“One of the bigger musical surprises of 2012 was the rebirth of ’80s cult thrash heroes Exumer. Those thrashards [thrashtards? – AMG] released the minor thrash classic Possessed by Fire way back in ’86 and things went downhill from there, forcing them to go dark for 25 long years before reforming and dropping Fire and Damnation on an unsuspecting metalverse. The nostalgia factor was high on that one and I couldn’t help but enjoy hearing from these old fiends once again. It certainly wasn’t an essential piece of thrash, but it was a good start after a quarter century of inactivity, and now a mere three years later we get The Raging Tides. So what was Exumer up to the past three years?” How can you not click through with an intro like that!?

The Ruins of Beverast – Blood Vaults Review

The Ruins of Beverast – Blood Vaults Review

“Here’s something I was really looking forward to! The Ruins of Beverast is a one man solo project from Alexander von Meilenwald, the former drummer of Nagelfar and sometimes drummer in Verdunkeln. Since the Unlock the Shrine debut, Meilenwald has taken his core blackened doom/death sound and increasingly melded it with grim atmospherics, odd, creepy-as-fuck ritual chanting and eerie church music to attain a type of epic horror movie music intended to unsettle and disturb the listener. Each subsequent release dug itself deeper into this construct or terror and unleashed longer, more drawn-out examples of the style, and while the music is the very height of “acquired taste”, it has a terribly compelling power that draws one back.” Do you like really long, creepy blackened doom with tons of occult elements? Who doesn’t, right? Join Steel Druhm as he discusses witches, witch burning, women’s rights and song length.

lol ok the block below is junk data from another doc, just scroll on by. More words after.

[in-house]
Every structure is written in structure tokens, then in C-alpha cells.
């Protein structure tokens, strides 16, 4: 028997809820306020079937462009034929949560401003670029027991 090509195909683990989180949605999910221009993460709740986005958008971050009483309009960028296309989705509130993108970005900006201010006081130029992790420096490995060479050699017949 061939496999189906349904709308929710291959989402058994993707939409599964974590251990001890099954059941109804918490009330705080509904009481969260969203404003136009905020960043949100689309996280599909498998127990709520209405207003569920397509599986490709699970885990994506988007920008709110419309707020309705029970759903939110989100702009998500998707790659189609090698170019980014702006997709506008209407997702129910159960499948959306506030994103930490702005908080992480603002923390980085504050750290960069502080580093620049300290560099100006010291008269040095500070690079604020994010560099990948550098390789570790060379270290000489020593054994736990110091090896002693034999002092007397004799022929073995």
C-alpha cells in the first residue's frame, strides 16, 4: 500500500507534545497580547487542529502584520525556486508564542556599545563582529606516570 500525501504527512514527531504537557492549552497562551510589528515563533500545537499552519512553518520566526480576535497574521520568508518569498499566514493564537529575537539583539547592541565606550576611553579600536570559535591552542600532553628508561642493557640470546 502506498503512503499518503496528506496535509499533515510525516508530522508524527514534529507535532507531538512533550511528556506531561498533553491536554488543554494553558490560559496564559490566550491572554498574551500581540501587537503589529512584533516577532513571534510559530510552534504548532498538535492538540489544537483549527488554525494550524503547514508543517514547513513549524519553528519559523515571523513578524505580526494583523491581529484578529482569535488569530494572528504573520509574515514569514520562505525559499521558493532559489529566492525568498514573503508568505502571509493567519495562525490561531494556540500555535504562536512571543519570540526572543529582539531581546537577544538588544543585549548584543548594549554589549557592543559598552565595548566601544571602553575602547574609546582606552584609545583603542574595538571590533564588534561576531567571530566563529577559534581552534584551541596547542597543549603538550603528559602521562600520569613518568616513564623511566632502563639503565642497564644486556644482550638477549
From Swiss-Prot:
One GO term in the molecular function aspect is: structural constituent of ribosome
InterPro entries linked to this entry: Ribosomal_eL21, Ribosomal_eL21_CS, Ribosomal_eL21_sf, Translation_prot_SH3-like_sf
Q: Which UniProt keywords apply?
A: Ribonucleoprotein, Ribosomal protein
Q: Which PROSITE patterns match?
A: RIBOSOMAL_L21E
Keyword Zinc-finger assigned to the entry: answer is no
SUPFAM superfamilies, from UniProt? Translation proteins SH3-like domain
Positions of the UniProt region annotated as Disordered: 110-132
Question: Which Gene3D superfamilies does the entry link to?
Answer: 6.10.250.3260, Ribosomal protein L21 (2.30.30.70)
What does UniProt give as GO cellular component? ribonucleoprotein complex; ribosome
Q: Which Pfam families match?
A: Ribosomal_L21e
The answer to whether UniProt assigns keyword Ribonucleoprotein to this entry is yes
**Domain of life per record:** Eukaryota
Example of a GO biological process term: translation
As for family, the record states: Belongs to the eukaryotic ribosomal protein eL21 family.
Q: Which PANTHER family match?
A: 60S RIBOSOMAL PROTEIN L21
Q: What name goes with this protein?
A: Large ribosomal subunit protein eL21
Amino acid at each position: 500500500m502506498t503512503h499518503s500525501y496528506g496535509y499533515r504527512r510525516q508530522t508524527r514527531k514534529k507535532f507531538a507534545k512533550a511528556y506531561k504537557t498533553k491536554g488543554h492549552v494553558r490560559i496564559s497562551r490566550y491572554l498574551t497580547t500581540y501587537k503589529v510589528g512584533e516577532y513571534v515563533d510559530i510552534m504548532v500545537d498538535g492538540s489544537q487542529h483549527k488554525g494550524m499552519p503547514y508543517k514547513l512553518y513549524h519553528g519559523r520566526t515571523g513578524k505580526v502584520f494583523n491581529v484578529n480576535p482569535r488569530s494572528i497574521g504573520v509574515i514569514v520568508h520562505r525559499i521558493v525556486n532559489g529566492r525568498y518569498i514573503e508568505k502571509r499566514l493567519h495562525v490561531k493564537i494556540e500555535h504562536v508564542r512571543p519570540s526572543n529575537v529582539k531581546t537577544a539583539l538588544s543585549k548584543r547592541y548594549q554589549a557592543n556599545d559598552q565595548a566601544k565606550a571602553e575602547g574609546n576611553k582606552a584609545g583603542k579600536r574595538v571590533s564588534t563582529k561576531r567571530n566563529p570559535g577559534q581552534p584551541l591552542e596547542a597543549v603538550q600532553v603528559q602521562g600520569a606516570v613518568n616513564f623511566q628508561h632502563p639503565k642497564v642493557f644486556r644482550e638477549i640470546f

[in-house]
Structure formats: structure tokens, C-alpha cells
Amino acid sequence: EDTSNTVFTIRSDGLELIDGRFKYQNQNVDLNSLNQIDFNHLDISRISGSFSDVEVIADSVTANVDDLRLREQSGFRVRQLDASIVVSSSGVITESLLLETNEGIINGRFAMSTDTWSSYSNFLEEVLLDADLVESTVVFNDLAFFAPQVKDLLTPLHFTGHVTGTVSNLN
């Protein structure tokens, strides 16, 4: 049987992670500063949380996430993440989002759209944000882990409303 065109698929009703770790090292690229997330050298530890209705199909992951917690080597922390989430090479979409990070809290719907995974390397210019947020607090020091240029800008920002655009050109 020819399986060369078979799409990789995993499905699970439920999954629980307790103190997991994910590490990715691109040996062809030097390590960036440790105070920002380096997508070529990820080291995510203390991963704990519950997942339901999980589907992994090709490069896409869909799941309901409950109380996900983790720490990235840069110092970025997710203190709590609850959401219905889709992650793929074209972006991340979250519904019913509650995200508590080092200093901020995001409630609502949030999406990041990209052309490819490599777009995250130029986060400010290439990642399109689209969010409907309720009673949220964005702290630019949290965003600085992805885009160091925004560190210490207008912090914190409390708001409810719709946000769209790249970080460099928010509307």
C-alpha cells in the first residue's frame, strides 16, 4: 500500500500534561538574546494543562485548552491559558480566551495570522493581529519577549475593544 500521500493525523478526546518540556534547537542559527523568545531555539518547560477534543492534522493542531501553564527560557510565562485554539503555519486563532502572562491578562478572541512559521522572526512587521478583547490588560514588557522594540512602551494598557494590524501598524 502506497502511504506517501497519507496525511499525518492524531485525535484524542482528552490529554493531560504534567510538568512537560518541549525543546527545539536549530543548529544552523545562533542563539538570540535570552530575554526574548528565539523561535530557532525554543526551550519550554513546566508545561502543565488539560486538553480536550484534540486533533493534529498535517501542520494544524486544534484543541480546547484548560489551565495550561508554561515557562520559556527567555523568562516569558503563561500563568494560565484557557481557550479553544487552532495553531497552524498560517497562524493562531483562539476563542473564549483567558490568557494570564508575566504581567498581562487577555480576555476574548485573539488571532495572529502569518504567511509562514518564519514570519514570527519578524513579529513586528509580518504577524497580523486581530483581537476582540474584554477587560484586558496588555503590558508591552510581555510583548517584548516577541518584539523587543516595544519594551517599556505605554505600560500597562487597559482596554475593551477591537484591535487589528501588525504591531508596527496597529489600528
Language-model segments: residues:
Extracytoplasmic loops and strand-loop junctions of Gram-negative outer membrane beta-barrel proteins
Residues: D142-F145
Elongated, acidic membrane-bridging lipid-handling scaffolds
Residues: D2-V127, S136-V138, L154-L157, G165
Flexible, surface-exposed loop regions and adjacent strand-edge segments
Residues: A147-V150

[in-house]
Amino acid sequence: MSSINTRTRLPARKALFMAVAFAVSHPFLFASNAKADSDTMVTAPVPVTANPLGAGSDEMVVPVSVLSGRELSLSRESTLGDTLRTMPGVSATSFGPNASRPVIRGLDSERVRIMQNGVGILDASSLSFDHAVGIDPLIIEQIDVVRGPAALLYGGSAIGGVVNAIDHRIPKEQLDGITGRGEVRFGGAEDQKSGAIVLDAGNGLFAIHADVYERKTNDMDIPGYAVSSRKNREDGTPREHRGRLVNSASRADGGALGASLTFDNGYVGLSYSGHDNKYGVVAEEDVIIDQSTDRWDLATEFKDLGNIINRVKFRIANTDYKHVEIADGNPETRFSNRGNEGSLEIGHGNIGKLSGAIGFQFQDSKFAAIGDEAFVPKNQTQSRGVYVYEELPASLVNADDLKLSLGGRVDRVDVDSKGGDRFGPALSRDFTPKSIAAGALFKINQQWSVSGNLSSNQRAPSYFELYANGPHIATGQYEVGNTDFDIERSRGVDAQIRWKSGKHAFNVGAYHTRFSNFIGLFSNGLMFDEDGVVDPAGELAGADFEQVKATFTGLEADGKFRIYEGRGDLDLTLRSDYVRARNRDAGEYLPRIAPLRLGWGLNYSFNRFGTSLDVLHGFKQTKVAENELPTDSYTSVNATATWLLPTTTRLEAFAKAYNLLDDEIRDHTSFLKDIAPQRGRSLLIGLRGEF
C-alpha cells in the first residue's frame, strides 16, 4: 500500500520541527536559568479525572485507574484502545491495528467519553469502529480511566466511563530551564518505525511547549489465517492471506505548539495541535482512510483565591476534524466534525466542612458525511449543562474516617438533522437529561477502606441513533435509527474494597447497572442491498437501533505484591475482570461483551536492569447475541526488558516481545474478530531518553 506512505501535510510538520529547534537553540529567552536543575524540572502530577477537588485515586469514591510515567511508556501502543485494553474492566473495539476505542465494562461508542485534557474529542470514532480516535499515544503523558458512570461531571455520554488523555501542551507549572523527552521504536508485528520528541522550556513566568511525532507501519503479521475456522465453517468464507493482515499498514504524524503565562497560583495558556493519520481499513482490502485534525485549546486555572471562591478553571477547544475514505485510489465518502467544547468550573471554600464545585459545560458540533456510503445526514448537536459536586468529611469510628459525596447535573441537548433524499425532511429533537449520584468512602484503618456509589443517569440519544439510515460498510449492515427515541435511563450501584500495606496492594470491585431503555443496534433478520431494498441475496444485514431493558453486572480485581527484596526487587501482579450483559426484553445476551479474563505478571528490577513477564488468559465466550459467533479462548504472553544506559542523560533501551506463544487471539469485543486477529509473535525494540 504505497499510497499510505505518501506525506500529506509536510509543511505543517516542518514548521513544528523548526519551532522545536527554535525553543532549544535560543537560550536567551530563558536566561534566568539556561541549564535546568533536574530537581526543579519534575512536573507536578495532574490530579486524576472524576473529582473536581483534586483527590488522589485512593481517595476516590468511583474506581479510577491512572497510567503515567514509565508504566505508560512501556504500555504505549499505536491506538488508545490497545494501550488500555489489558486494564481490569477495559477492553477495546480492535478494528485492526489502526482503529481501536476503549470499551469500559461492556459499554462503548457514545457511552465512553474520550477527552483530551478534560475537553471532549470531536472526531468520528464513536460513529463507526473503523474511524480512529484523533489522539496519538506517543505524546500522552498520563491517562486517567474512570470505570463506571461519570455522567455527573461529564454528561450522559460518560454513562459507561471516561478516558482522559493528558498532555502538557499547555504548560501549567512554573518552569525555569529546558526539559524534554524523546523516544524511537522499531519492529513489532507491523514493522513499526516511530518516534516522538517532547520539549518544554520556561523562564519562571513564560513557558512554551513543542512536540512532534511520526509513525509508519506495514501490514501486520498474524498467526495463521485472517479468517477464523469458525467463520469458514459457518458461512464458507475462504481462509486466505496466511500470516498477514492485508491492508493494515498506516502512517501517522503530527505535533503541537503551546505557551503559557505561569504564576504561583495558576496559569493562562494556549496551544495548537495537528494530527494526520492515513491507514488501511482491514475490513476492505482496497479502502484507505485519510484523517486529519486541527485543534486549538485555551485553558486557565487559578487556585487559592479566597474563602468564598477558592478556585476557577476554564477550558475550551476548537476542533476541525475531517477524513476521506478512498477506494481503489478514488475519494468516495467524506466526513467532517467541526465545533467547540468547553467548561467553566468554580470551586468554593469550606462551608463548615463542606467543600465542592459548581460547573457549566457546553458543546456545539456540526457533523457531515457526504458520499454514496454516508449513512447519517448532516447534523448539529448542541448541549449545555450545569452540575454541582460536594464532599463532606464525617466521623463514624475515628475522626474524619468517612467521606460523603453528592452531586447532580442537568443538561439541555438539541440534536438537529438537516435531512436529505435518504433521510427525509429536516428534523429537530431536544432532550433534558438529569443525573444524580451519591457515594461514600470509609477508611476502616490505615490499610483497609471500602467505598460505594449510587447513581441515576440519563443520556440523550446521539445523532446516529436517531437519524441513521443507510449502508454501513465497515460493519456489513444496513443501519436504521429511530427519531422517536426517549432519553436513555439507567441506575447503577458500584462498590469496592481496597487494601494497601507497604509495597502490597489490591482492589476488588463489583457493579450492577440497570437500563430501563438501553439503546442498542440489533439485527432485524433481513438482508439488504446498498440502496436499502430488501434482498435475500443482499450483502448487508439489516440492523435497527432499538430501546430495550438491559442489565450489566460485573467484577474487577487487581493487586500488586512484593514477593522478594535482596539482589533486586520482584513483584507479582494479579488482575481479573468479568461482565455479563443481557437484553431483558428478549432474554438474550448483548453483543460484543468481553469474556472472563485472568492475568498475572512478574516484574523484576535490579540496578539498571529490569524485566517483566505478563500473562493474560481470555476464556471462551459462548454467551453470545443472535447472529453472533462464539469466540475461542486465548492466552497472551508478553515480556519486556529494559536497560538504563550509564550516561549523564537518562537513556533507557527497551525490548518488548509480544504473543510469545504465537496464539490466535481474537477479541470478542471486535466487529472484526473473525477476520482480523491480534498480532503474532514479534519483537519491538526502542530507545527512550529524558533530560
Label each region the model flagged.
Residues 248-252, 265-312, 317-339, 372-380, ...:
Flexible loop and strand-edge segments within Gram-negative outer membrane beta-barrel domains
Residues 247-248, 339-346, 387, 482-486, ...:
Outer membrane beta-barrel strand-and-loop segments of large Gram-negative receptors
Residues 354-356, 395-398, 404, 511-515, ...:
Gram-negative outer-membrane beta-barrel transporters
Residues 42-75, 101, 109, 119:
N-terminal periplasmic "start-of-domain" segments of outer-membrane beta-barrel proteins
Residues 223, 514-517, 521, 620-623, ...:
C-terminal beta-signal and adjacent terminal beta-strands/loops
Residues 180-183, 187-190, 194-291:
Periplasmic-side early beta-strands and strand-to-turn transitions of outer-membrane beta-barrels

Aeternus – …and the Seventh His Soul Detesteth Review

Aeternus – …and the Seventh His Soul Detesteth Review